Kristi remembered as a girl with zest for life at funeral
TWO photos took centre stage at Kristi Kafcaloudis's funeral service: one of a bright-eyed little girl and the other of a beautiful, smiling young woman full of life and adventure.
The intervening gap between those photos was filled in by the many people from across the world who came to know the 24-year-old from Yandina.
Kristi died on September 5 after falling off Norway's famous Trolltunga Rock tourist attraction, a place they call "heaven on Earth".
Her service at the Gregson and Weight funeral home at Nambour was filled with tributes from people she met on her many adventures.
The friends she made while staying at a Norway youth hostel made a short video of the words that best described Kristi.
Sincere, a listener, open-minded, pure, easy-going, smiling and a lover of whisky were some of the examples given.
Kristi, a student at Melbourne's Monash University, was visiting Norway on an international exchange with the University of Bergen.
She had been enjoying many hiking adventures with her hostel group when she accidentally fell at the Trolltunga Rock.
The family only received official word of the tragic accident when a police car pulled up outside their home on Monday, September 7.
But Kristi's mum Milli, in a speech read out by celebrant Ann Hills, told how, on Saturday night, both Kristi's father Michael and her grandfather woke up in the night at about the time of her fall, thinking of her.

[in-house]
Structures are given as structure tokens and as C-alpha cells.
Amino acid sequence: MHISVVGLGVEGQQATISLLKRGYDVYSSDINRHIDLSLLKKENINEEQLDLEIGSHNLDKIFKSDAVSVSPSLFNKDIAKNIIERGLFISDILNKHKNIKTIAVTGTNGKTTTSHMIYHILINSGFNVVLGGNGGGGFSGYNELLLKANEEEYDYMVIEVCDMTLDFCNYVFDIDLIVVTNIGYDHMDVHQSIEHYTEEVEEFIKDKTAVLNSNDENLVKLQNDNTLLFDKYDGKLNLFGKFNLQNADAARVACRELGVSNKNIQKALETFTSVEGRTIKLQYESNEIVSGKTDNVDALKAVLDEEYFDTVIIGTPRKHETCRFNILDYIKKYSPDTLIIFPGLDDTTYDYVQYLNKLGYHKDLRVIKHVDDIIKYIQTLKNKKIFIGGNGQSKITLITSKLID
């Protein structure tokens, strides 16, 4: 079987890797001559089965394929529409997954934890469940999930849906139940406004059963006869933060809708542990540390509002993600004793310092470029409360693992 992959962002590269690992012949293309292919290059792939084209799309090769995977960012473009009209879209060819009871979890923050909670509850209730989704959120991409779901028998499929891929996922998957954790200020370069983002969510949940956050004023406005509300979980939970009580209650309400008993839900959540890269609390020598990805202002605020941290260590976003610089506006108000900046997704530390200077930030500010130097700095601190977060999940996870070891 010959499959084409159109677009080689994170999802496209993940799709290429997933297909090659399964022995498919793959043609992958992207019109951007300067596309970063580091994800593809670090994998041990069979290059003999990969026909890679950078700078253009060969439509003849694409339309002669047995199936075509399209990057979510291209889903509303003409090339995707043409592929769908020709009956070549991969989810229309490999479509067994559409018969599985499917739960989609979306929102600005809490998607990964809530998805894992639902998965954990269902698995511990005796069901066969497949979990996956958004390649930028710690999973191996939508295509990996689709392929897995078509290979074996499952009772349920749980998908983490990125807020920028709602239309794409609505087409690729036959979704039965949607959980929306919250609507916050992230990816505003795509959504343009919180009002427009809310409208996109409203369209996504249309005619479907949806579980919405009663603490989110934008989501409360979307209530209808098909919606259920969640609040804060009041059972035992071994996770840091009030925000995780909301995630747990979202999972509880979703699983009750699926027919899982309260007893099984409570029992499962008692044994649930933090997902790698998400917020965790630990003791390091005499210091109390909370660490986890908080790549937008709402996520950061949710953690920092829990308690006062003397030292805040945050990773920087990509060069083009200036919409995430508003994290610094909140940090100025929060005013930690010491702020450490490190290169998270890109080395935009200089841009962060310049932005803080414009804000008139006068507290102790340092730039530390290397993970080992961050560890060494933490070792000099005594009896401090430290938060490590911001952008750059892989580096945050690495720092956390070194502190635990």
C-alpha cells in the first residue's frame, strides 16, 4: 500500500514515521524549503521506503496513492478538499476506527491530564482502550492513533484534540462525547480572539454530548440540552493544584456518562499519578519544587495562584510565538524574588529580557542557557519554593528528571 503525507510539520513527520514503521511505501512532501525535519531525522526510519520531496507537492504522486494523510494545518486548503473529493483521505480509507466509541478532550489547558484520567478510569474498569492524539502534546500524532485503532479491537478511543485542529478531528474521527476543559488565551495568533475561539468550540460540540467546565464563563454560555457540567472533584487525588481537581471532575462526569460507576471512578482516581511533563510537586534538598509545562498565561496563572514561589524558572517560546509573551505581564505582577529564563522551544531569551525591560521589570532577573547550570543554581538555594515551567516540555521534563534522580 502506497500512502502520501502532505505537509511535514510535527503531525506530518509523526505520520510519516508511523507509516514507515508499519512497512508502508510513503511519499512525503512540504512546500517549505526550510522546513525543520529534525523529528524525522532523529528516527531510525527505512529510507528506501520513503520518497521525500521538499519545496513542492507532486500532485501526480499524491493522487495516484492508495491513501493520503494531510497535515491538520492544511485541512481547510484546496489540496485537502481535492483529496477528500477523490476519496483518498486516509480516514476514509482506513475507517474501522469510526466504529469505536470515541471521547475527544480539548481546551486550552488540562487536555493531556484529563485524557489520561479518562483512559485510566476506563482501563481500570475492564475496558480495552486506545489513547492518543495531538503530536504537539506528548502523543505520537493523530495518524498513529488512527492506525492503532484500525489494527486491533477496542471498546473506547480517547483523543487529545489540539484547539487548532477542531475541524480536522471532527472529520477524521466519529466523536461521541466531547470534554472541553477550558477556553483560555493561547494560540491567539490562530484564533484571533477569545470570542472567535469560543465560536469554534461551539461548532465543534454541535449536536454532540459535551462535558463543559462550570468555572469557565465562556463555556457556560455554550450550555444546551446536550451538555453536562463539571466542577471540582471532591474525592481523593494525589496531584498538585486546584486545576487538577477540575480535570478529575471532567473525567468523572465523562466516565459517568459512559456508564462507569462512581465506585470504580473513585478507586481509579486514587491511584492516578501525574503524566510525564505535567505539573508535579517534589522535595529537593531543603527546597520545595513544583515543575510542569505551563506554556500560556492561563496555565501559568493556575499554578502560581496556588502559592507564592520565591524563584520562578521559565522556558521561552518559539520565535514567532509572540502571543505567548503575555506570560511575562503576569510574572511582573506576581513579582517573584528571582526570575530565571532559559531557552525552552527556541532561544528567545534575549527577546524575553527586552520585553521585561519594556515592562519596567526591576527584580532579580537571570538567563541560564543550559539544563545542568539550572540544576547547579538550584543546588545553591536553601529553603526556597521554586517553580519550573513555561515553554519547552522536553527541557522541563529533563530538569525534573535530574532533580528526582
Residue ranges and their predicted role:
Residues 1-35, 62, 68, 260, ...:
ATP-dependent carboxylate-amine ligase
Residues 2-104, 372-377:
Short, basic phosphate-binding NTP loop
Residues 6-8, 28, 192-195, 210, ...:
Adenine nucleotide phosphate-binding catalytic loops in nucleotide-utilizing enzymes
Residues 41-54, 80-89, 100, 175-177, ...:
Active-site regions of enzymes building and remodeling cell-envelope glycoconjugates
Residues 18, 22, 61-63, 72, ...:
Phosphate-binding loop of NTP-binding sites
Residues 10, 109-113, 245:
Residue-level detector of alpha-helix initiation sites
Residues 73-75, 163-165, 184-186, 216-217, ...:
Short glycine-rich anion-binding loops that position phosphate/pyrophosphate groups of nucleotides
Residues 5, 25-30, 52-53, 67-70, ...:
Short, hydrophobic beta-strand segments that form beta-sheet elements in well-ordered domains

Milli had tried to phone her daughter on Sunday for Father's Day, but there was no answer.
In her last conversation with her mum Kristi was saying how she was hoping to use her TESOL course to volunteer with asylum seekers in Melbourne.
She also spent two hours talking about her new adventures and how the next weekend she was hoping to go scuba diving.
Kristi's infectious enthusiasm, particularly for cooking, was also revealed by her former Melbourne roommates.
Monash University campus executive director Vladimir Putnick attended the service and spoke about Kristi's stellar contribution to university life.
Mr Putnick said a prize would be established in her name "to ensure her memory lives on".
No flowers were visible on the funeral chapel, as requested by the family. They believed Kristi would prefer the money be spent on her favourite charities, Medecins Sans Frontieres (Doctors Without Borders) or the Sunshine Coast's Helping Children Smile charity.
The Melbourne Gay and Lesbian Youth Choir also sent through a video clip of them singing Here Comes The Sun as a tribute to Kristi.
The only consolation for Kristi's family during this tragic time has been the knowledge that she died doing what she loved and was living a life "full of adventure and dreams".
"We are mortified by the loss of such a talented and lovely young woman with her whole life before her," her mum said.
"She was quite simply exceptional to us and to her many friends and will remain in our hearts and minds to encourage us to make the best of our lives and reach out to others.''